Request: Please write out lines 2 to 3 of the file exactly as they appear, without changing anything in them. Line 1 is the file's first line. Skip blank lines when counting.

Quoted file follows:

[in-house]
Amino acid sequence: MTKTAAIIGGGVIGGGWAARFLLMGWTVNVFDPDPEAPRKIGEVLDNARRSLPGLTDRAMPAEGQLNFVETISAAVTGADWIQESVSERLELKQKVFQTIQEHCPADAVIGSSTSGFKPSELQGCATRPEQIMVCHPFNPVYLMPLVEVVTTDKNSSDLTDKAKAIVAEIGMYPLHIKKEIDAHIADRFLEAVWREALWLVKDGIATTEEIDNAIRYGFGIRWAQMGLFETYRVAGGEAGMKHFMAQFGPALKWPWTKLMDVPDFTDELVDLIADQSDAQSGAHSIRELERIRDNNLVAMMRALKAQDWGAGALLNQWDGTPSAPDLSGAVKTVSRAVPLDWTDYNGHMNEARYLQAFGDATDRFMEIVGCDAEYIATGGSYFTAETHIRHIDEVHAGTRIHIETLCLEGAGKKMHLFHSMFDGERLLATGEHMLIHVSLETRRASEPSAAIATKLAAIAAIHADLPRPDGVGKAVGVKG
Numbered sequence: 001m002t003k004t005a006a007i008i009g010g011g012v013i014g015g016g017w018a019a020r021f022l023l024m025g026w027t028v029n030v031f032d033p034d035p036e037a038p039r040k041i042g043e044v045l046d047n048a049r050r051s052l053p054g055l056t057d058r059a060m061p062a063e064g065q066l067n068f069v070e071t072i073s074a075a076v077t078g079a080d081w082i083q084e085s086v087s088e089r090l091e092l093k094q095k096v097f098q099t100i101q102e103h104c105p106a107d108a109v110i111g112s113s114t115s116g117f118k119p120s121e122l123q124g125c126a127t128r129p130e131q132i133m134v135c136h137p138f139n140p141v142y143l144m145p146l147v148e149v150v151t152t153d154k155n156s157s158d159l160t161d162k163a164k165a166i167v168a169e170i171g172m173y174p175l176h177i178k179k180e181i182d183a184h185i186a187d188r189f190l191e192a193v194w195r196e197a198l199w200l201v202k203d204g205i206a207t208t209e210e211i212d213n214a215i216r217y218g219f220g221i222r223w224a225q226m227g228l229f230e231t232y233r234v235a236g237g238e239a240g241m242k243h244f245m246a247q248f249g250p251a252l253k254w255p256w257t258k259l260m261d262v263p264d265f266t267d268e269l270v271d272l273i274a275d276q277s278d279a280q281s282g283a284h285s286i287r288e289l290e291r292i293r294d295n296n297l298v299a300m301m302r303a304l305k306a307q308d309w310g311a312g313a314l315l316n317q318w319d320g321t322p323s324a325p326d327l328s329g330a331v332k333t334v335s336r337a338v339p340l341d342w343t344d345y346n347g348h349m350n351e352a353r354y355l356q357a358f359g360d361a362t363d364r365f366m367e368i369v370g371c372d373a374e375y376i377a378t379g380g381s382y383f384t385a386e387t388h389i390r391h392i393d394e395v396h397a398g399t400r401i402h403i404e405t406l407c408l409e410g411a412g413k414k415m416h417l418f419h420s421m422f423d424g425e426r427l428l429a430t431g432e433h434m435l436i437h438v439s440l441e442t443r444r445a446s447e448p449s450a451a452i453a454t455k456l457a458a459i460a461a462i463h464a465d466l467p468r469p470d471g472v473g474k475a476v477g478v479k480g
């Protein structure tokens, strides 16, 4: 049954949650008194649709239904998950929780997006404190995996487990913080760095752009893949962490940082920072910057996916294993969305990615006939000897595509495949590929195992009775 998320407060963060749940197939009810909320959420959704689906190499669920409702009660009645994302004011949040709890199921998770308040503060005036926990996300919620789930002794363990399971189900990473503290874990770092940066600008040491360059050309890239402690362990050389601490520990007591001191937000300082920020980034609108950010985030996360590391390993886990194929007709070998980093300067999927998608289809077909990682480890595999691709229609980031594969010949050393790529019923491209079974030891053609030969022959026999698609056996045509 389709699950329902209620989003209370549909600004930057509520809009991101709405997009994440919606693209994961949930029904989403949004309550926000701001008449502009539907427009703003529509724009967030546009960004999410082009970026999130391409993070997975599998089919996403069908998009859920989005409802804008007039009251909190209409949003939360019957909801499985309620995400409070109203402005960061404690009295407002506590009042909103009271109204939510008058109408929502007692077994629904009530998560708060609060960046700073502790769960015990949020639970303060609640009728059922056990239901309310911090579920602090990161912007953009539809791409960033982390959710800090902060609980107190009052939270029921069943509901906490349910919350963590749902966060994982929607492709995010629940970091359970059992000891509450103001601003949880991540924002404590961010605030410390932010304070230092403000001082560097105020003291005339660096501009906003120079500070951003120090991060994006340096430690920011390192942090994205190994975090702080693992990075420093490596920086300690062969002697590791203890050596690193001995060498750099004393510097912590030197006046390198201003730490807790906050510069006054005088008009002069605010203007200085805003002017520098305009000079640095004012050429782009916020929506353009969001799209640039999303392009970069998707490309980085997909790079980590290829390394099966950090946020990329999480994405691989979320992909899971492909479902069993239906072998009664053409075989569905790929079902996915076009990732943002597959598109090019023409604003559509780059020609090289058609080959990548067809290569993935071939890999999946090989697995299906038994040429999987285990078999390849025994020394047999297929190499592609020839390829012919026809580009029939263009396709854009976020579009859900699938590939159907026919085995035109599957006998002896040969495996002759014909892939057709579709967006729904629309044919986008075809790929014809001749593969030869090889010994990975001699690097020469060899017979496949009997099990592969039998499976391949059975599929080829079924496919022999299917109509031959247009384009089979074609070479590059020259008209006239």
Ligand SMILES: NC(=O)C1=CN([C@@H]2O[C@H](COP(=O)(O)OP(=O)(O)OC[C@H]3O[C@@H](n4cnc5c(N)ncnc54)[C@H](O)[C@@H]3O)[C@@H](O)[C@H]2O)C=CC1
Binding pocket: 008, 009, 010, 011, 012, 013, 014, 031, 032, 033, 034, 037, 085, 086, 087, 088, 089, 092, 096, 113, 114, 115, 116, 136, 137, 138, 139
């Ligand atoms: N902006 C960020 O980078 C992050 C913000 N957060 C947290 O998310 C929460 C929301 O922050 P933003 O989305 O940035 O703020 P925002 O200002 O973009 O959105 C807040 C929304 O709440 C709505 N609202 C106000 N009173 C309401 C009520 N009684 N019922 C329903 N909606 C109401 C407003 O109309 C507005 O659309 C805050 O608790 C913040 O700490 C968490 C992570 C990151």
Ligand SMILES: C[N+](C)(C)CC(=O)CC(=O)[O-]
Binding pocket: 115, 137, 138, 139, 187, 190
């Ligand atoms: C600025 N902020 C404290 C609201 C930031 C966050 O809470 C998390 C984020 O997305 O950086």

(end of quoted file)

Amino acid sequence: MTKTAAIIGGGVIGGGWAARFLLMGWTVNVFDPDPEAPRKIGEVLDNARRSLPGLTDRAMPAEGQLNFVETISAAVTGADWIQESVSERLELKQKVFQTIQEHCPADAVIGSSTSGFKPSELQGCATRPEQIMVCHPFNPVYLMPLVEVVTTDKNSSDLTDKAKAIVAEIGMYPLHIKKEIDAHIADRFLEAVWREALWLVKDGIATTEEIDNAIRYGFGIRWAQMGLFETYRVAGGEAGMKHFMAQFGPALKWPWTKLMDVPDFTDELVDLIADQSDAQSGAHSIRELERIRDNNLVAMMRALKAQDWGAGALLNQWDGTPSAPDLSGAVKTVSRAVPLDWTDYNGHMNEARYLQAFGDATDRFMEIVGCDAEYIATGGSYFTAETHIRHIDEVHAGTRIHIETLCLEGAGKKMHLFHSMFDGERLLATGEHMLIHVSLETRRASEPSAAIATKLAAIAAIHADLPRPDGVGKAVGVKG
Numbered sequence: 001m002t003k004t005a006a007i008i009g010g011g012v013i014g015g016g017w018a019a020r021f022l023l024m025g026w027t028v029n030v031f032d033p034d035p036e037a038p039r040k041i042g043e044v045l046d047n048a049r050r051s052l053p054g055l056t057d058r059a060m061p062a063e064g065q066l067n068f069v070e071t072i073s074a075a076v077t078g079a080d081w082i083q084e085s086v087s088e089r090l091e092l093k094q095k096v097f098q099t100i101q102e103h104c105p106a107d108a109v110i111g112s113s114t115s116g117f118k119p120s121e122l123q124g125c126a127t128r129p130e131q132i133m134v135c136h137p138f139n140p141v142y143l144m145p146l147v148e149v150v151t152t153d154k155n156s157s158d159l160t161d162k163a164k165a166i167v168a169e170i171g172m173y174p175l176h177i178k179k180e181i182d183a184h185i186a187d188r189f190l191e192a193v194w195r196e197a198l199w200l201v202k203d204g205i206a207t208t209e210e211i212d213n214a215i216r217y218g219f220g221i222r223w224a225q226m227g228l229f230e231t232y233r234v235a236g237g238e239a240g241m242k243h244f245m246a247q248f249g250p251a252l253k254w255p256w257t258k259l260m261d262v263p264d265f266t267d268e269l270v271d272l273i274a275d276q277s278d279a280q281s282g283a284h285s286i287r288e289l290e291r292i293r294d295n296n297l298v299a300m301m302r303a304l305k306a307q308d309w310g311a312g313a314l315l316n317q318w319d320g321t322p323s324a325p326d327l328s329g330a331v332k333t334v335s336r337a338v339p340l341d342w343t344d345y346n347g348h349m350n351e352a353r354y355l356q357a358f359g360d361a362t363d364r365f366m367e368i369v370g371c372d373a374e375y376i377a378t379g380g381s382y383f384t385a386e387t388h389i390r391h392i393d394e395v396h397a398g399t400r401i402h403i404e405t406l407c408l409e410g411a412g413k414k415m416h417l418f419h420s421m422f423d424g425e426r427l428l429a430t431g432e433h434m435l436i437h438v439s440l441e442t443r444r445a446s447e448p449s450a451a452i453a454t455k456l457a458a459i460a461a462i463h464a465d466l467p468r469p470d471g472v473g474k475a476v477g478v479k480g